guestpost// instant film camera shopping with anna delores photography

Greetings, pixie friends!  Many thanks to the lovely Polly for welcoming me to her blog today.  My name is Emily and I blog at the Anna Delores blog, as well as run an Etsy shop + portraiture photography studio called Anna Delores Photography.

I'm hanging out with Polly today to share shopping tips for instant film cameras!  Instant film has gotten way better than the "shake it" Polaroid prints of the days of yore; there are lots of new and exciting options to choose from!

I was compelled to start this shopping comparison by a friend's desire for a instant photo booth at her upcoming wedding.  Here, I review your options and their applicability for both instant gratification at wedding photo booths and beyond.

First up: the Fujifilm Instax series.

The newest member of the Instax family is the Mini 50S in a sleek black finish (they call it "piano black").  Simply put, the 50S has the best shooting capabilities of the Instax instant film cameras because of its capacity for controlled exposure (so you can adjust for light vs. dark settings).  Reviews remark that the flash is pretty good for an instant camera and the images themselves are among the best produced by instant film.  Drawbacks, however, include the size of the print -- with borders, prints are about the size of a credit card (which means the actual image is even smaller than that) and the 50S requires CR2 lithium batteries, which aren't quite as widely available as AA batteries.  20 frames will cost you $22.00 (a little over $1 per print).

The Instax Mini 7S and Mini 25 also give you credit card-sized images and preceded the 50S in release date.  The 7S gives you four manual options for exposure setting, while the 25 selects settings for you based on detected conditions (in other words, you don't have to choose or do anything yourself with the 25).  The 25 also boasts a "smarter" auto flash and an optional close-up lens, but also pains its owner with having to hunt for CR2 lithium batteries.

{ Fujifilm Instax Mini 25 and Mini 7S }

These all seem like decent options for the casual instant film user.  Expect to pay between $50-60 for the 7S, up to $100-125 for the 50S (depending on where you buy).

Moving on to the widely-accepted master of instant film cameras, Polaroid...

Personally, I'm totally sold on the Polaroid Z340 Instant Camera, but the biggest drawback on this one is the price.  The $250 price tag is easily justified, however: this instant camera prints better quality (14 megapixels) and size (4x3") on smudge-proof, water-proof, tear-proof paper AND stores images on a digital memory card so you can also edit and print later on.  There's also a digital screen so you can peek at your images (and crop or make adjustments) before you print.  You can print instantly, save for later, or both.  You can also apply effects like fisheye or Lomo modes and can opt for a classic Polaroid border (or no border at all).

Even with all these exciting features, though, I know every bride in the universe is on a wedding budget, so I'm not about to recommend the priciest option without also suggesting alternatives.  The PoGo™ Instant Digital Camera - ZCAM is a nice compromise between the Fujifilm Instax 50S and the Z340: it has the digital display and editing options of the Z340 at a slightly lower price point (and from what I can tell, you can't save images to a memory card for later edits).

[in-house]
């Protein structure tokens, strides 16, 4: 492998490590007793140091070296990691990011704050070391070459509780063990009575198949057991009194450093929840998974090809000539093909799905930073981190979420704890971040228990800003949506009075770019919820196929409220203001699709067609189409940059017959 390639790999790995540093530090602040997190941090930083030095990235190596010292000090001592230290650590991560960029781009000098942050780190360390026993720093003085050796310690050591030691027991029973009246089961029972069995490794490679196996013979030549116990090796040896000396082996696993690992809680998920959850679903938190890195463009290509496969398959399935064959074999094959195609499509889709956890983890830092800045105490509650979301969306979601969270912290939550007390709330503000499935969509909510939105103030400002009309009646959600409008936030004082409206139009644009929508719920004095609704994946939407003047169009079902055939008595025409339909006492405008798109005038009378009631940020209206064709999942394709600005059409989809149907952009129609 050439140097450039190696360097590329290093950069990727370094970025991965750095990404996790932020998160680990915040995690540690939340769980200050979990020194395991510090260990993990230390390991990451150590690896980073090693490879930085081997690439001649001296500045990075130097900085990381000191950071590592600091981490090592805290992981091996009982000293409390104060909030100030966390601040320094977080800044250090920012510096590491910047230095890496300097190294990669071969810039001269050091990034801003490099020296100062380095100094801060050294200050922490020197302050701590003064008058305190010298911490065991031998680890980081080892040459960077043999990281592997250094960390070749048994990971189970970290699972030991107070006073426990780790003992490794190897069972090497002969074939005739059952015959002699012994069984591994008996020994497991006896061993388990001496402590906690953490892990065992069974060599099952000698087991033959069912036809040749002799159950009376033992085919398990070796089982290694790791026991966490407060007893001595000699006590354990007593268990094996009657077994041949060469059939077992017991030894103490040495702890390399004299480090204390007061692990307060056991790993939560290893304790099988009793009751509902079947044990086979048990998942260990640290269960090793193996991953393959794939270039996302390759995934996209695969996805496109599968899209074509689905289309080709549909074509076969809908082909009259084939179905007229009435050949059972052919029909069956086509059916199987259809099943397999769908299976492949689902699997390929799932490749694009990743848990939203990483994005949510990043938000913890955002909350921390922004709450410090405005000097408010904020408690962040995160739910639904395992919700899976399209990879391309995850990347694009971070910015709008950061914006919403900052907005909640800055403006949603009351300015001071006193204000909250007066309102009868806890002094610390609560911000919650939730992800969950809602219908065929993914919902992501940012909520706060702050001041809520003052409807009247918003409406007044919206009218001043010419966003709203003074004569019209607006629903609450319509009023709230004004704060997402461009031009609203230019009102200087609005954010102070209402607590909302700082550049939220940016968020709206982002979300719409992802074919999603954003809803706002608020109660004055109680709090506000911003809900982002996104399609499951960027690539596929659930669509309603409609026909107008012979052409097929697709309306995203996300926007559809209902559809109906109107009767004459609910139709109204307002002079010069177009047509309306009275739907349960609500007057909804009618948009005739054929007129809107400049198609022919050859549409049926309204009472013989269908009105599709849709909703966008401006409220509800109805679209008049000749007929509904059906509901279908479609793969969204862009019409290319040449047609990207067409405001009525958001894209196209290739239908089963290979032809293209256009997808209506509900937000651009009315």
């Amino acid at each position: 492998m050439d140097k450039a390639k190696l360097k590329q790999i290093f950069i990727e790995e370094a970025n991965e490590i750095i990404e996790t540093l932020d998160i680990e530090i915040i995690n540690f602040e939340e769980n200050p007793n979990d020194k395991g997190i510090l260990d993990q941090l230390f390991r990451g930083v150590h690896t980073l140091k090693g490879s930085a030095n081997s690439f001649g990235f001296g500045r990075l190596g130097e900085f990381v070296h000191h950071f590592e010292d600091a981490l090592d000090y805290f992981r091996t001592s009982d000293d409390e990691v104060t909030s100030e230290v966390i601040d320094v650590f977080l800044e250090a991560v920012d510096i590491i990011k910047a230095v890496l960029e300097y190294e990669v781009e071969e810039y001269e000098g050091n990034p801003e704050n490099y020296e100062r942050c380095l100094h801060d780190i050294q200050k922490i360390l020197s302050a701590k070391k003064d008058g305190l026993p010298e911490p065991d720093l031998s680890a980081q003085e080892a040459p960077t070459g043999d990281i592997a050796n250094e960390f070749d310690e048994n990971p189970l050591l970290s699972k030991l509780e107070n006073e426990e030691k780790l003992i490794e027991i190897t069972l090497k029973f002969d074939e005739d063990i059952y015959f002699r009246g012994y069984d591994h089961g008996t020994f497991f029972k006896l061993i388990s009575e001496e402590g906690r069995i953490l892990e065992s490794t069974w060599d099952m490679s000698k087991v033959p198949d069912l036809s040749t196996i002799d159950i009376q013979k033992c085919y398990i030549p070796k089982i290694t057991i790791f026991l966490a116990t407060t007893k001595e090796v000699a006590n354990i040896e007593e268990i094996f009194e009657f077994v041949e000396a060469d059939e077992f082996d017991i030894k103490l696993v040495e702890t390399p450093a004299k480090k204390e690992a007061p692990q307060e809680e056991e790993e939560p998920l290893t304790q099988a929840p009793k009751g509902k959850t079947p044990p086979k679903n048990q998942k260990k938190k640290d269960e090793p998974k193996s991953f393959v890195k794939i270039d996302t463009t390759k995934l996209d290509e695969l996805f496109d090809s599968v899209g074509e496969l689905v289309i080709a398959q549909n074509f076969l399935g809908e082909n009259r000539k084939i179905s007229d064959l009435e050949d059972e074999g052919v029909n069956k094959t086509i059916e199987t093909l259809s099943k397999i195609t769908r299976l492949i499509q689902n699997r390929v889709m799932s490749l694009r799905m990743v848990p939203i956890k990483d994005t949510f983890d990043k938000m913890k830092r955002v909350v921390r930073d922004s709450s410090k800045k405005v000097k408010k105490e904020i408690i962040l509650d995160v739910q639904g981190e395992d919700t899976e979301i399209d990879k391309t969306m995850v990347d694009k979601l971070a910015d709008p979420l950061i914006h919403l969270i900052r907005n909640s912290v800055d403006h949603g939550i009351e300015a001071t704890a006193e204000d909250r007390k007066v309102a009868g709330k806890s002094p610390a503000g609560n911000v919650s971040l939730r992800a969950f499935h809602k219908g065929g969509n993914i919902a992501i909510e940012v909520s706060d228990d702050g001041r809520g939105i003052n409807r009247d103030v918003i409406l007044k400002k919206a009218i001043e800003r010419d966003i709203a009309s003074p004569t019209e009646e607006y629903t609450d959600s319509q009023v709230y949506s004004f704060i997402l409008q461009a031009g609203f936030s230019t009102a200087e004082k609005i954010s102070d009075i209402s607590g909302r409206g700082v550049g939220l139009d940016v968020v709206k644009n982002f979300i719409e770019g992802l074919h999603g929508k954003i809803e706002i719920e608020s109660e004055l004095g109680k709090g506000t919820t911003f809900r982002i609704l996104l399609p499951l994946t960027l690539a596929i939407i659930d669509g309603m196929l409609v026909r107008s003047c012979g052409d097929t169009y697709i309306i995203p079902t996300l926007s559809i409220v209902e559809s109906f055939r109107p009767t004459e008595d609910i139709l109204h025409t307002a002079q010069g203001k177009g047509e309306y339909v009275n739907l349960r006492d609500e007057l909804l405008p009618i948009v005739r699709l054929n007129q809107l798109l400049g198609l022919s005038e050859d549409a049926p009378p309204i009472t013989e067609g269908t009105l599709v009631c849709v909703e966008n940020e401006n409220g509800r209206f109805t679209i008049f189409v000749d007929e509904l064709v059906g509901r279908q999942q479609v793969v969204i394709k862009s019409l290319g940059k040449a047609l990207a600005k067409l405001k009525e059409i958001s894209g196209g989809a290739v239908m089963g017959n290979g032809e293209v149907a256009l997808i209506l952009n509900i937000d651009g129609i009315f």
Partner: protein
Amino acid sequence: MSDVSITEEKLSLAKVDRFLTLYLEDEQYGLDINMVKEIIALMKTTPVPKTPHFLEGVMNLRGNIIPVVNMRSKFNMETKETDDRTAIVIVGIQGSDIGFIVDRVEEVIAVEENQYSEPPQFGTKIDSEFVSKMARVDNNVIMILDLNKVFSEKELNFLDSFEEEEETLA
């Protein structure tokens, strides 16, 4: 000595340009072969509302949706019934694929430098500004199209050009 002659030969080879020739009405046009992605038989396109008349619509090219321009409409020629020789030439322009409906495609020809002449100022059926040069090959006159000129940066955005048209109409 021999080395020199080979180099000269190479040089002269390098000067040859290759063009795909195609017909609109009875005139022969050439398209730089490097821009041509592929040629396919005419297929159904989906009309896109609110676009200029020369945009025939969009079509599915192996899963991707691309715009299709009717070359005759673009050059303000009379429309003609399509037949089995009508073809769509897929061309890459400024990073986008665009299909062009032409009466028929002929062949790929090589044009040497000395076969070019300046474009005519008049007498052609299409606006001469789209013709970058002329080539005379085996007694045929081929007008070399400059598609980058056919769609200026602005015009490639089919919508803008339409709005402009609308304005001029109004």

The final option I investigated are the classics: refurbished instant cameras made available by The Impossible Project, which saved the last Polaroid factory from extinction in 2008 (and thus continues to create classic-compatible instant films).  From Impossible, you can score goodies like a refurbished original summer sun Polaroid 660 kit or a Red Stripe 600 OneStep kit.  Prices vary based on the camera itself and availability, as well as whether or not the camera comes with film or not (though most of them come with at least a single starter pack of film).  Impossible also offers hard-to-find professional-grade Polaroids, but for our purposes I won't get into those details in this post.  You can explore for yourself if you're so inclined.  :)

Classic Polaroids can, of course, also be found on eBay and at flea markets all over the place, but the working condition of these will be a much bigger gamble than buying from Impossible, which tests the heck out of each camera before they ship it to your door.  I also found an interesting selection on Etsy, but the same concept applies here: working condition (as well as return policies) will vary considerably.

The verdict: Personally, I'd opt for the Z340 just because it offers so many attractive modern features and thus has wider applicability than a wedding photo booth.  If you're JUST looking for a one-day wonder, though, and for my friend's wedding purposes, I'll probably recommend the Mini 25 as a good "middle ground" option.

Would you ever buy an instant camera, or is Instagram on your smartphone good enough for you?  What would you use a Polaroid or Fujifilm instant camera for if you had one?

Thanks again to Polly for sharing her space with me today!  Hope you'll stop by to say hello at my permanent home base, too.  :)

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1 comment:

  1. This is such an awesome post! I have a Polaroid One Step refurbished camera (i bought it off ebay and was a huge gamble but at USD$17, it turned out to be a fantastic bargain because it worked perfectly). I also have a Fujifilm Instax Mini 7S which is so much fun to use- but I do forget to take it out with me haha. I would love to be able to buy the Polaroid Z340 and it has been on my wishlist since it first came out...maybe one day =)


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